although such violence, including domestic violence such as
wife beating, does occur. However, a lack of statistical data
makes it difficult to determine its actual extent. Human
rights and women's rights groups do not consider violence
agsinst women to be one of their major concerns, and
government policy generally reflects this attitude. During
1989, the Government did take several positive steps to
protect women. For example, during the summer the police
mounted an effective campaign to combat kidnap-f or-rape crimes
in Santo Domingo.
The Dominican populace is predominantly nonwhite (73 percent
mixed and 11 percent black) . For historical reasons and
because of sharp cultural differences, there is a strain of
prejudice against Haitians in Dominican society. This often
translates into discrimination against those with darker skin
(i.e., Haitian appearing) (see Section 2.d.). Dark-skinned
Dominicans, including some of Haitian descent, have been
successful in a variety of fields, including elected political
office. Still, persons of Haitian descent
("Dominico-Haitianos") traditionally fill the lowest economic
and social niches, in part because of concern about possible
illegal status, a lack of skills, and problems with the
language and culture. AW has reported that due to prejudicial
attitudes, children of such persons often cannot obtain
documents to prove their citizenship and therefore are
unable to attend school. There is no evidence that children
of Dominican citizens of Haitian descent have been unable to
obtain such documentation or attend school.nOMTNICAN REPUBLIC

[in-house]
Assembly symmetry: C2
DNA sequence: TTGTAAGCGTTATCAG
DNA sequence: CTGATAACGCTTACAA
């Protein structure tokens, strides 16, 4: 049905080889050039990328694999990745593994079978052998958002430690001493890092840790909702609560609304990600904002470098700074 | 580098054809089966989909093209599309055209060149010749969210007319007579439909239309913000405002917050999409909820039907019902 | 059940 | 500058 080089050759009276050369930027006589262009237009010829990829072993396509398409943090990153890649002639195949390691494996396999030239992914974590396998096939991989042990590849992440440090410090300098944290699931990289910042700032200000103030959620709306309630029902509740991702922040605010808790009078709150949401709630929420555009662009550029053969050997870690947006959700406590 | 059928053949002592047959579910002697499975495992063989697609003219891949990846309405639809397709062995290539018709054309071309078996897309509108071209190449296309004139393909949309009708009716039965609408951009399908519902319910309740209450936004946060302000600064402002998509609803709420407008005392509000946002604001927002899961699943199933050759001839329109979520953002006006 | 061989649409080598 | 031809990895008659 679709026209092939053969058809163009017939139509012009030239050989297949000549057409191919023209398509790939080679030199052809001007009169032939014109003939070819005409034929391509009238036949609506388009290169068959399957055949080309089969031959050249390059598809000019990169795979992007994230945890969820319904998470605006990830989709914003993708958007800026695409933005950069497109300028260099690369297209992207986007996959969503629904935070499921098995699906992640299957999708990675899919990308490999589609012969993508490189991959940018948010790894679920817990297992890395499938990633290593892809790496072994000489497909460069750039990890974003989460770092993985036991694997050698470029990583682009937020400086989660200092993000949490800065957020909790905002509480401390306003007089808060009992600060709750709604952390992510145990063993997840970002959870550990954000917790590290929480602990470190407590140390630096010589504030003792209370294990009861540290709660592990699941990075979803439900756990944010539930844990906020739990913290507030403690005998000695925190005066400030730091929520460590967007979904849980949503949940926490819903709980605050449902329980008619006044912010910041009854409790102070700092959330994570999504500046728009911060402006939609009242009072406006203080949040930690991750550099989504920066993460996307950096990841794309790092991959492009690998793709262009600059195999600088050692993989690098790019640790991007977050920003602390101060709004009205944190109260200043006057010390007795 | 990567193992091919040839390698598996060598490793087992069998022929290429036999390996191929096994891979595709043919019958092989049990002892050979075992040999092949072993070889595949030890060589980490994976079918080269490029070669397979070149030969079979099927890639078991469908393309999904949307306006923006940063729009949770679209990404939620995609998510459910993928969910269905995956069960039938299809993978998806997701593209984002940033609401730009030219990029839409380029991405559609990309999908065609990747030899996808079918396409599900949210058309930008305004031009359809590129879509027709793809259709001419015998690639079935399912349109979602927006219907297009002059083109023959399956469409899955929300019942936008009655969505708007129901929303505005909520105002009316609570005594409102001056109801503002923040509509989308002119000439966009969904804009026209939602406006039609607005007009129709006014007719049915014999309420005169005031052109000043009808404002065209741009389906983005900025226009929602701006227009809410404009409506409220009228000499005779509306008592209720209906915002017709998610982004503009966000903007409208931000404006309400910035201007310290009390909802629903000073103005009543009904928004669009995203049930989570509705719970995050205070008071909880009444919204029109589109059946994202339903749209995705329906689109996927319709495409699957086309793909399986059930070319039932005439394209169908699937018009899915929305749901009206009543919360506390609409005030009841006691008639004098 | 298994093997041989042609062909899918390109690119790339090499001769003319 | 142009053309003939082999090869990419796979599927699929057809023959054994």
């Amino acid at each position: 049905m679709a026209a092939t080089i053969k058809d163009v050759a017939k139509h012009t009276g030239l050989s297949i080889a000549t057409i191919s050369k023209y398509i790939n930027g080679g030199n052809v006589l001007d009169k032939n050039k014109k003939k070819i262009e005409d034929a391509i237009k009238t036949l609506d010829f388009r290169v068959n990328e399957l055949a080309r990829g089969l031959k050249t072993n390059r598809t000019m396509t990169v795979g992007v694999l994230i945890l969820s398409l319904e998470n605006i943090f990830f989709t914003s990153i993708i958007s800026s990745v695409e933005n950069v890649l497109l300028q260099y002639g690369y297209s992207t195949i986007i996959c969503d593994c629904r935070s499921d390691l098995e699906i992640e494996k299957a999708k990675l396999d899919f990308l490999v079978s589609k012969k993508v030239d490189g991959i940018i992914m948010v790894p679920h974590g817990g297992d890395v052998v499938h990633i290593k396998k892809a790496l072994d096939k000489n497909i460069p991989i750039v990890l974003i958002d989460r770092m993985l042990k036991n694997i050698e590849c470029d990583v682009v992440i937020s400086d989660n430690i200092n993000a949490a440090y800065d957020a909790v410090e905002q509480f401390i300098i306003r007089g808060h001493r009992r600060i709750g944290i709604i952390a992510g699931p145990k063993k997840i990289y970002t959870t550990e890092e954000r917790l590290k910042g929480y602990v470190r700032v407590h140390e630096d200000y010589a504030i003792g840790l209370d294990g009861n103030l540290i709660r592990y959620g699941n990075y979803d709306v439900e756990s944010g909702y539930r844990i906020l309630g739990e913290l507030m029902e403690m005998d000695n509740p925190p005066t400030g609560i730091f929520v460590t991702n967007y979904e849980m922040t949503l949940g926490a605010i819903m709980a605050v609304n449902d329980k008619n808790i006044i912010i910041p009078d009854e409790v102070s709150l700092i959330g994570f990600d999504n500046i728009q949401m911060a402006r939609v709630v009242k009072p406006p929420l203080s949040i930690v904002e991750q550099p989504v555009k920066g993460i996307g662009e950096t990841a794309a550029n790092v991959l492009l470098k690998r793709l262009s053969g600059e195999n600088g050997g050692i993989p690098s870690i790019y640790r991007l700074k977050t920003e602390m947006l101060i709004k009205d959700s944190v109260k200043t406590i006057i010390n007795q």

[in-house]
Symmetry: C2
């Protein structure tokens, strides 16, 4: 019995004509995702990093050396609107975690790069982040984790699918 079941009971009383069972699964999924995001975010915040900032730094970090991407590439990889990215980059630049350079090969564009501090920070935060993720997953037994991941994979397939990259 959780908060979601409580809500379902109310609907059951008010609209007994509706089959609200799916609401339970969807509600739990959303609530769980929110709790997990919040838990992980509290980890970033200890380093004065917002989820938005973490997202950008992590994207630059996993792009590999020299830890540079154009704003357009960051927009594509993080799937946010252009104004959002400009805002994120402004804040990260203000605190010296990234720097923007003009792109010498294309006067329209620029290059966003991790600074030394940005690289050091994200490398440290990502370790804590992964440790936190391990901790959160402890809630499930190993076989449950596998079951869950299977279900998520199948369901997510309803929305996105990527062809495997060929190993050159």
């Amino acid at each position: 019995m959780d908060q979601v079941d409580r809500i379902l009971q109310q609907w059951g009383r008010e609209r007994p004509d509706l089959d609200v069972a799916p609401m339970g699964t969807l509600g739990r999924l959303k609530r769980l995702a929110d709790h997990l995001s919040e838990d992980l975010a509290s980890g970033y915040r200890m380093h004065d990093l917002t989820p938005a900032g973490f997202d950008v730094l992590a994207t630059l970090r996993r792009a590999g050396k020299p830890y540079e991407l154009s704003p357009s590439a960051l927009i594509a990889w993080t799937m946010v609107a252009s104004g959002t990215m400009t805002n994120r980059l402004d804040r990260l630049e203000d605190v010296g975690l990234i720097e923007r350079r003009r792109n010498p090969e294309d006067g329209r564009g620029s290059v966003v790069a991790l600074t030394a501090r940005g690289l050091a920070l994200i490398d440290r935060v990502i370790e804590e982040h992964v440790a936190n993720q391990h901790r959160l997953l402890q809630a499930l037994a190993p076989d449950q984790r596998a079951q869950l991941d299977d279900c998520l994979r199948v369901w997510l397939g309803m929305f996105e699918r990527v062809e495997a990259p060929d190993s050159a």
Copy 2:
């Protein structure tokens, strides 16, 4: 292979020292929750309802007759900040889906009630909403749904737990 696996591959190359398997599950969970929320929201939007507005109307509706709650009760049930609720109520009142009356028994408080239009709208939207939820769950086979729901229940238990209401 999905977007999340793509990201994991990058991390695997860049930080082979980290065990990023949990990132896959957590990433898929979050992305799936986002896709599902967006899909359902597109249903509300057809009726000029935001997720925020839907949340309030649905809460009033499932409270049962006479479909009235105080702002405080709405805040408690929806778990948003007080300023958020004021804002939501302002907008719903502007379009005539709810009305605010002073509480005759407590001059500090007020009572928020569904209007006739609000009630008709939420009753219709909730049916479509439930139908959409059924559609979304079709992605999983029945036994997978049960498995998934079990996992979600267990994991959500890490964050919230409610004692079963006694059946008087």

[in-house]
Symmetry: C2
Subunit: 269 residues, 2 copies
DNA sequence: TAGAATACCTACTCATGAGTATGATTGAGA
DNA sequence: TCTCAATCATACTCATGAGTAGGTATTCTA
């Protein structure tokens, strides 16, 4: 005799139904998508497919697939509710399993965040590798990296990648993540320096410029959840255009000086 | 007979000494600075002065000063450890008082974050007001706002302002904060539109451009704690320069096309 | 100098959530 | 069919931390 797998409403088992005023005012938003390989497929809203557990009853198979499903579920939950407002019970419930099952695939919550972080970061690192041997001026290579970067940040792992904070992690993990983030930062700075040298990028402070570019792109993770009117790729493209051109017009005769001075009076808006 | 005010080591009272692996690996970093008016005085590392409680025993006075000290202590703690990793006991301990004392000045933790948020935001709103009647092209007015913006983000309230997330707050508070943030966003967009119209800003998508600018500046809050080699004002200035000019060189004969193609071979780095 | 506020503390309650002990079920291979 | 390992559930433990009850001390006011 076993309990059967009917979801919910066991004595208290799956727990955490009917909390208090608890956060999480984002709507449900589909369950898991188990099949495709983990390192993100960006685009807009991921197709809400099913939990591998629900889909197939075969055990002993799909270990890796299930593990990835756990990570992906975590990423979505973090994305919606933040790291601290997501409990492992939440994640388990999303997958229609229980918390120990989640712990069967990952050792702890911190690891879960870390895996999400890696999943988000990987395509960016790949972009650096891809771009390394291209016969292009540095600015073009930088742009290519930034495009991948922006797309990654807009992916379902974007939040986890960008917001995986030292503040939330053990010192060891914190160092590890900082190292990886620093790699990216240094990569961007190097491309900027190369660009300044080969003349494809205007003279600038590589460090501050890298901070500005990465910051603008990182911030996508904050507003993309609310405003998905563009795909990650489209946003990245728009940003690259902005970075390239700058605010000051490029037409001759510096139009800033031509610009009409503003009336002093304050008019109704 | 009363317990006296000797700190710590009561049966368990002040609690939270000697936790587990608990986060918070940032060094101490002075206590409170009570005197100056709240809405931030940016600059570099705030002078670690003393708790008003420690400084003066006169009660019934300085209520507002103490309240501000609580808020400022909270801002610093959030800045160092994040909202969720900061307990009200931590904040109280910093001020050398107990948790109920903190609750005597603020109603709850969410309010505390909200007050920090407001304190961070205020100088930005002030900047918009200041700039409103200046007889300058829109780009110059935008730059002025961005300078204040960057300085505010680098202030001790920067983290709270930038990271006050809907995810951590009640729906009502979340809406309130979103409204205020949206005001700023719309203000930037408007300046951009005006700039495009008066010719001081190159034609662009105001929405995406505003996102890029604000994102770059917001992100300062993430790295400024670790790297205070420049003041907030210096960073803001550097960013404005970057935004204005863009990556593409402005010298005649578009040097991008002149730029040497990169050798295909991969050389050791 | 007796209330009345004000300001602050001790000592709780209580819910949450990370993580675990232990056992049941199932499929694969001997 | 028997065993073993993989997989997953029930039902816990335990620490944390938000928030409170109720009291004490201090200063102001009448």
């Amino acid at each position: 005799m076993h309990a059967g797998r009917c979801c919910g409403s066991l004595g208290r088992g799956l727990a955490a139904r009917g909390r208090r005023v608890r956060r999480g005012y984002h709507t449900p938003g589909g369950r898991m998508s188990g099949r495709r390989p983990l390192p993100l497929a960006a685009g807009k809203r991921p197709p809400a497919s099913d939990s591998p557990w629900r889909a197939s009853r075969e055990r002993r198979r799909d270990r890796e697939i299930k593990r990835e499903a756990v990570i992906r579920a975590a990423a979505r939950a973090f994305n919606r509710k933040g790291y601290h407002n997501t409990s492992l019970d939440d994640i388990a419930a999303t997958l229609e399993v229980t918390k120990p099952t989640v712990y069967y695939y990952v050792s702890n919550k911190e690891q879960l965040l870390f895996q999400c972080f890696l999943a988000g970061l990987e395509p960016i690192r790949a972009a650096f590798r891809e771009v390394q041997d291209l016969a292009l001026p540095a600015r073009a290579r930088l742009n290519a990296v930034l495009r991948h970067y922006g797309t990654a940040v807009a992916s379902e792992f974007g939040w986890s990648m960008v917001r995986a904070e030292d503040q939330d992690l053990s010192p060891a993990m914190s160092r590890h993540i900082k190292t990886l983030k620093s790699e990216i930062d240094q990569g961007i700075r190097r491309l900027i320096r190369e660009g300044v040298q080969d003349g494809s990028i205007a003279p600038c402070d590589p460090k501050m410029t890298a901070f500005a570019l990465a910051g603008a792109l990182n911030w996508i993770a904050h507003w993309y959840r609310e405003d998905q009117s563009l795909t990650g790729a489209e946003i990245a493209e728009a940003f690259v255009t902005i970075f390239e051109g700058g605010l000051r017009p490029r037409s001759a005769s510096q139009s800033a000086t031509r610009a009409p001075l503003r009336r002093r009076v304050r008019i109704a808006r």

Section 6 Worker Rights
      a. The Right of Association
The Constitution provides for the freedom to organize labor
unions, and also for the rights of labor to strike and the
private sector to lock out. However, unions operate under the
handicap of a dated labor code (1951) that gives unions few
rights vis-a-vis management and gives no effective protection
for organizers or union officials. The labor code specifies
in detail the steps required to constitute a legal union,
federation, or confederation, and labor objects that the
Government can use the failure to comply with every minute
detail to withhold official recognition, as AW reports it has
done with the Union of Cane-Cutters of Barahona, which applied
in February 1988 to the Ministry of Labor and has not yet been
The labor code defines the right to strike but also denies the
right to strike to workers in public services and prohibits
general strikes. Nevertheless, professional organizations
representing public service workers have not been deterred
from strikes—including major work stoppages in 1989 by
doctors, nurses, teachers, agronomists, and judges, as well as
participation by many public workers in the June 1989 general
strike. Although these strikes were illegal under the labor
code, the Government negotiated with the striking parties.
The ILO's COE in 1989 noted several deficiencies in the
Dominican labor code, including the prohibition of sympathy
strikes and political strikes.
Organized labor in the Dominican Republic represents about 12
percent of the work force and is divided among 8 competing and
highly politicized confederations and a small number of
independent unions. The confederations exercise only a
limited degree of control or coordination over their
affiliates and receive only minimal financial support from
their members. An umbrella group to coordinate organized
labor was formed in July 1989 as a result of the general
strike, to negotiate on a sector-wide basis with the private
sector on a variety of labor issues.
Labor groups represent the political/ideological spectrum, and
several are associated with regional and international labor
organizations. According to knowledgeable estimates based on
the membership of Dominican organized labor, 32 percent were
affiliated with the International Confederation of Free Trade
Unions, 16 percent with the World Confederation of Labor, and
25 percent with the Communist-controlled World Federation of
Trade Unions (WFTU) . An additional 22 percent were affiliated